Magnetic Retentivity

Magnetic Retentivity

Magnetic retentivity: The ability to retain the generated magnetization in a magnetic material when the magnetizing force is removed is called the magnetic retentivity of that material. It is the competence of an object to retain magnetism after the action of the magnetizing force has ceased. It is the capacity of a substance to retain magnetism after a magnetizing force is removed.

Retentivity is a determination of the residual flux density corresponding to the saturation induction of a magnetic material. In other words, it is a material’s capability to retain a definite amount of residual magnetic field when the magnetizing force is detached after achieving saturation.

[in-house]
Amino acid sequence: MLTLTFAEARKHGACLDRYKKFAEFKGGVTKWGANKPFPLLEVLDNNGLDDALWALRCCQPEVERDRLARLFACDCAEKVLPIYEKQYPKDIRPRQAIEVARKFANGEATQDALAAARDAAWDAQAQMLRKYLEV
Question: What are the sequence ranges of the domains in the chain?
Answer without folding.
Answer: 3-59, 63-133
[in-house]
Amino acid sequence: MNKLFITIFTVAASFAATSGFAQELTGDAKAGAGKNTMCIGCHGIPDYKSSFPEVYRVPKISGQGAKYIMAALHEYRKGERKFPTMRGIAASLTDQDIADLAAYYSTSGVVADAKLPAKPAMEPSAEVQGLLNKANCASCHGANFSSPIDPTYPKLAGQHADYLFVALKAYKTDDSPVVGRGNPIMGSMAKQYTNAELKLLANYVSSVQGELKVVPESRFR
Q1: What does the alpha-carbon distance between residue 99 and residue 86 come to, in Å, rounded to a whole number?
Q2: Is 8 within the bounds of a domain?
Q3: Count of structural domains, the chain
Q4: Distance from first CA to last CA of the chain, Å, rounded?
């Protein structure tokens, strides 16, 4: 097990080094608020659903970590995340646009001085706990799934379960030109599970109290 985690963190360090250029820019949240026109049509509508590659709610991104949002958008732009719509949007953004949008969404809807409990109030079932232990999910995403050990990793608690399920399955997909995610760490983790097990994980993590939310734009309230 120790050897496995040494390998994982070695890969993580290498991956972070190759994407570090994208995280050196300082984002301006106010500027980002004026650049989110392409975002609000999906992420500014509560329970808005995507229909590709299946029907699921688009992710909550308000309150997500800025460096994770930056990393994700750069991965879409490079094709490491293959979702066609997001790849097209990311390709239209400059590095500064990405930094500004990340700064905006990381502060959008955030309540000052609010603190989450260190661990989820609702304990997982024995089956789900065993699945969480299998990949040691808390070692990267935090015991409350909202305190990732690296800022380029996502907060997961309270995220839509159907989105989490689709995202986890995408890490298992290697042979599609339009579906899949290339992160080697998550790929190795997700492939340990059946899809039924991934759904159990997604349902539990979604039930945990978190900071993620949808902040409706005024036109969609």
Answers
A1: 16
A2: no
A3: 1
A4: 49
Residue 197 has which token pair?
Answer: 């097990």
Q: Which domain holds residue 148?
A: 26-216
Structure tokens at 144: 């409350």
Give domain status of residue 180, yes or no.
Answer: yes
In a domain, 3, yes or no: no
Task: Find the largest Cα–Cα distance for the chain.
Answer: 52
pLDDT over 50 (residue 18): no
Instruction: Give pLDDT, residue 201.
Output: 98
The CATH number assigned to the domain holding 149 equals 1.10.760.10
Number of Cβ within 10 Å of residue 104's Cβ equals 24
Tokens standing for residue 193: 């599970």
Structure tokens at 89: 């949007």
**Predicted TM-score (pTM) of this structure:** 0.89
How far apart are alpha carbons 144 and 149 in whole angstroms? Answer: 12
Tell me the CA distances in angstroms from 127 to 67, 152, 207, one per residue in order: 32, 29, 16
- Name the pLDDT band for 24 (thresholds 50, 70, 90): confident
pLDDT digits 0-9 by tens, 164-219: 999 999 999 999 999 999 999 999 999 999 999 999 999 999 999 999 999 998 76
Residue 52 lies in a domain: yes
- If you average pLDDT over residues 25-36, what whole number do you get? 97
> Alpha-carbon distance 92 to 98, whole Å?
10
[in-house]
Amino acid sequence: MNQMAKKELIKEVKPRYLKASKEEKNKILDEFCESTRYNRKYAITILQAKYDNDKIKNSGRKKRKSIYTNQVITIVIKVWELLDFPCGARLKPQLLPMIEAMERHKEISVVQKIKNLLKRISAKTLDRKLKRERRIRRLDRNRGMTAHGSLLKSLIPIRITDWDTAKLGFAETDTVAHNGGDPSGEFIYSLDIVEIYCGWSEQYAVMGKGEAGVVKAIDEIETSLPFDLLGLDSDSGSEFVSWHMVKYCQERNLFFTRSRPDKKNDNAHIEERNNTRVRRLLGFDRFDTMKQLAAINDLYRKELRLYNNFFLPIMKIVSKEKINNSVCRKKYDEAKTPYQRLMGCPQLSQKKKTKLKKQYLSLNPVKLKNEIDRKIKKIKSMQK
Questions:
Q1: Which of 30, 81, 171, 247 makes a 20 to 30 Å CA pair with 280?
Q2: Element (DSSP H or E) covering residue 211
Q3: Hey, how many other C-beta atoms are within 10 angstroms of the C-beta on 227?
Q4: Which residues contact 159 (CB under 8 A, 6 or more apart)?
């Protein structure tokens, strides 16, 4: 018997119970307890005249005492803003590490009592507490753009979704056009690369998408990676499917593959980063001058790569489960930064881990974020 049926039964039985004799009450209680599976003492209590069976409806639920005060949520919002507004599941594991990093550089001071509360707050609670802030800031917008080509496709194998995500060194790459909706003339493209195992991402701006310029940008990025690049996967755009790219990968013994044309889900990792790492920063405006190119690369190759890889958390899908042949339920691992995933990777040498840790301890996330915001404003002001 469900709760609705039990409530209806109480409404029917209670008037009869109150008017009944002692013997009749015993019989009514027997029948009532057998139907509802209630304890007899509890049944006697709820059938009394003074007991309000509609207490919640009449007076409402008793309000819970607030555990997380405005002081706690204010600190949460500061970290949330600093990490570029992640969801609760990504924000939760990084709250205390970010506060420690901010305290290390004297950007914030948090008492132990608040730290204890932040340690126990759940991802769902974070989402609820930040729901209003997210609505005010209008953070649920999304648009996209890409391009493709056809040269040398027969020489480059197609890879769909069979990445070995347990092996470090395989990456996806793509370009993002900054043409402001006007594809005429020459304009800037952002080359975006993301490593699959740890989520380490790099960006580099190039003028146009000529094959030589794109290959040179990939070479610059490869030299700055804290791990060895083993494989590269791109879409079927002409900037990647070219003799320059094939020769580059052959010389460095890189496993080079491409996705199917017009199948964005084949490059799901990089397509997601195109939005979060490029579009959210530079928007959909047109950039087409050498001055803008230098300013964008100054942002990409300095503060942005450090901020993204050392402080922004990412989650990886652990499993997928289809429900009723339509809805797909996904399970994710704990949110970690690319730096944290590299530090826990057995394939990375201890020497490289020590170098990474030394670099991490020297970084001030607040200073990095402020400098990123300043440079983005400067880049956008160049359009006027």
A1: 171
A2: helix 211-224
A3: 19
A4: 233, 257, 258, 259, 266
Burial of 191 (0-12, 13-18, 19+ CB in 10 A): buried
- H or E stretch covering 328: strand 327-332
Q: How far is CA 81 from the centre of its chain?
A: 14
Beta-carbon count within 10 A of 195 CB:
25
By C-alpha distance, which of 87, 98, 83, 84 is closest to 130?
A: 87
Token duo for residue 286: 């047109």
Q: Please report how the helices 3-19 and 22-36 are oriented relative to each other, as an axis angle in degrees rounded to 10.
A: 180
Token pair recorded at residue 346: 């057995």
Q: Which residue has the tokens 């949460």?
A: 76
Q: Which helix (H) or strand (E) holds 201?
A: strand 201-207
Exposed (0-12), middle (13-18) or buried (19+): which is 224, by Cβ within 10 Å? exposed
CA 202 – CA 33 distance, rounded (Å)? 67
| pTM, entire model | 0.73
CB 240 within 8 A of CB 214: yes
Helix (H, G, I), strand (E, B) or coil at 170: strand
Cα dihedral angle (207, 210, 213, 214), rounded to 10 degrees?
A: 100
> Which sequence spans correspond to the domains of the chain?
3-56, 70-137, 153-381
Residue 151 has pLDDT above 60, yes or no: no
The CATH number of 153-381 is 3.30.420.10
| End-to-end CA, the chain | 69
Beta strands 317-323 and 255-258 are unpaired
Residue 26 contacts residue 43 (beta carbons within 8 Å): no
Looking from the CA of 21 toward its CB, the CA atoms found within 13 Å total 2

Example: If a piece of soft iron is magnetized by induction, and later the inducing magnet is removed, it will lose its induced magnetism immediately.

But if instead of soft iron piece, there were a piece of hard steel, it would be seen that when the inducing magnet is removed, the steel piece will continue to behave like a magnet for some time. In other words, steel may be said to have retained magnetism whereas, the soft iron piece did not.

This power of magnetism after the inducing activity is removed, is called Retentivity of a substance. Retentivity is used for remanence measured in units of magnetic flux density.